As far as practical tips or things I have to do (other than what I have mentioned) when caring for Evan, have to do with being clean. Since infection is such a risk I have to make sure things aren’t germy or dirty. And with Aquaphor, EVERYTHING gets gooey and gross. All toys with exception to electric toys get washed constantly. Whether it’s the plastic shapes, rings, animals, or cars being thrown into the dishwasher or the cloth books, rattles or stuffed animals being thrown in the washer, it’s a never ending battle. Plastic electric toys are wiped down with a clorox wipe, soapy rag then paper towel. Cloth electric toys are wiped down with a rag and once it gets to the point of no return, these toys get the boot. Books are constantly being wiped down as well as all of the surfaces Evan plays or eats on.

Since Evan isn’t walking, I don’t have to follow him around with a rag to clean up his Aquaphor fingerprints. Anything he touches needs to get wiped down. Not because I think Aqauhpor is yucky but because it can catch and collect all kinds of dirt and germs (and lots of Bruli hair). I use a lot of receiving blankets because since I know they are clean, I feel more comfortable with Evan’s head resting against it. Making sure he has a fresh & clean blanket to rest his head on when being held, in the car seat, rocker, couch, bed or when being changed bed helps to prevent Aquaphor build up which prevents bacteria build up. Yet another never ending battle especially since Aquaphor does cause some wear and tare around the house, especially to the washing machine.

Evan is a very smart little boy. He is soaking things up like a sponge and he is picking up on some sign language to communicate. He babbles a lot and attempts to repeat the sounds he hears in a word when prompted. He understands basic commands or requests and he knows what he wants and how to get it. He has a lively bubbly personality and always has a big grin on his face. It is interesting that he is smart enough to understand what we ask of him in therapy to master the gross motor skills that usually comes naturally to a child. (We will say things like rollover, push up, stand, hold on, pull, etc) Evan is making his way, slowly but surely.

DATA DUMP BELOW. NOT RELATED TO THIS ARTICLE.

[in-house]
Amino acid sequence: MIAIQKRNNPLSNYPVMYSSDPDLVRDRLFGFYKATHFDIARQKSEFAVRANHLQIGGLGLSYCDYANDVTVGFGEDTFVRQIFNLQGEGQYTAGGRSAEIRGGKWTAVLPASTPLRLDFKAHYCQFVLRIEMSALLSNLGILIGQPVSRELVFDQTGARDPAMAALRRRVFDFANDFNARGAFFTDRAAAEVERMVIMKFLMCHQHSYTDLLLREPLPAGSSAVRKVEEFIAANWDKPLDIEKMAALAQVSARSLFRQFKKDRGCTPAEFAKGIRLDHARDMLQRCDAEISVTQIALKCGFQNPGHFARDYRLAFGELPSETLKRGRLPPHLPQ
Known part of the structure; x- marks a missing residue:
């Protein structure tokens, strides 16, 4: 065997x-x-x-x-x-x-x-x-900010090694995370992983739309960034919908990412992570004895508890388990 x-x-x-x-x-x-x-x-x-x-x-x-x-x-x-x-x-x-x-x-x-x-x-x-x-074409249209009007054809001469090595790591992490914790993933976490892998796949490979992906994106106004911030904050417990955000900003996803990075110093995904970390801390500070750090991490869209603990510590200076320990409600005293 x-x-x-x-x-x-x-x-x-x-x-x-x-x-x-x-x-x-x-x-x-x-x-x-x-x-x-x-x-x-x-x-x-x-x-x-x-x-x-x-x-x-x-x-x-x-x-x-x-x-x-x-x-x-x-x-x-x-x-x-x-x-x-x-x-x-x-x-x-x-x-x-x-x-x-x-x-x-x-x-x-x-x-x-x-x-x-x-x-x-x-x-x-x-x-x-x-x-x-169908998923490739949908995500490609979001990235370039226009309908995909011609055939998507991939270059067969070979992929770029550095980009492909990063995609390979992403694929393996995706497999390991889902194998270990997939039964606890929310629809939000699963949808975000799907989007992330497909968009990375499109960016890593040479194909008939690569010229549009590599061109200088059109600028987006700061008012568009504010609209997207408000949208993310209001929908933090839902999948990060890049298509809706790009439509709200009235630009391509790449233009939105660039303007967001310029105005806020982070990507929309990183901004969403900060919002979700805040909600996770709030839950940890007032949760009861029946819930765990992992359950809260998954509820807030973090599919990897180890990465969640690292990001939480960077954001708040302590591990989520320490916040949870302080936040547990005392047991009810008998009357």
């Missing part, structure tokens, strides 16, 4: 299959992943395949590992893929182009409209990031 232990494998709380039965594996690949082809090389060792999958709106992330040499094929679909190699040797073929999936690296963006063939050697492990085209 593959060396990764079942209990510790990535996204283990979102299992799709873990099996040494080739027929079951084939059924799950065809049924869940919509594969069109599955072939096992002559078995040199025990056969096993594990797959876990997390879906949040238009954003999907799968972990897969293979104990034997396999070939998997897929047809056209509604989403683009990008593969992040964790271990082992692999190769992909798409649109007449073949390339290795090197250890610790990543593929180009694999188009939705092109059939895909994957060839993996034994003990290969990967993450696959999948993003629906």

There is no definite answer or reason why Evan is so far behind developmentally right now. Not every child with HI will or has experienced the same developmental progression as Evan. Everyone is different. Everyone develops differently and in his or her own time. Evan’s preemie status, intense birth, severe neonatal period, excessive calorie needs and lack of appetite combined could all be the reason for his developmental path. We don’t really know for sure. But looking at it through a different spectrum, Evan has avoided the need for a feeding tube (as of now), has never gotten a skin infection (knocking on wood), did not have any reflux issues, and is a very well behaved child for all he has to put up with. It has been a bumpy road but we are coming to a straight-away. I am excited for Evan’s future and am incredibly proud of how far he has come. He is the light of my life and puts a smile on my face day and night.
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We are not doctors or medical professionals. A doctor or nurse looking to confirm or consult on a diagnosis of harlequin ichthyosis should immediately contact FIRST, the Foundation for Ichthyosis and Related Skin Types because time is of the essence and specialized expertise is critical in caring for a newborn with harlequin ichthyosis.

Part 1: Life with harlequin ichthyosis: The basic science behind harlequin ichthyosis
Part 2: Life with harlequin ichthyosis: Newborn Surprise
Part 3: Life with harlequin ichthoysis: In the NICU
Part 4: Life with harlequin ichthoysis: Going Home
Part 5: Life with harlequin ichthoysis: Ups and Downs in the First Year
Part 6: Life with harlequin ichthoysis: Toddler years <–You Are Here
Part 7: Life with harlequin ichthoysis: School Daze
Part 8: Life with harlequin ichthoysis: The Downs of Middle School
Part 9: Life with harlequin ichthoysis: The Ups of High School
Part 10: Life with harlequin ichthyosis: Moving Past School
Part 11: Life with harlequin ichthyosis: A Harlequin Pregnancy

 

1 comment to Life With Harlequin Ichthyosis: Toddler Years

  • Aunt Gen

    He is the most beautiful child God could have sent us. In time I am sure all those skills will come to him. Patience, Mom you are doing a wonderful job.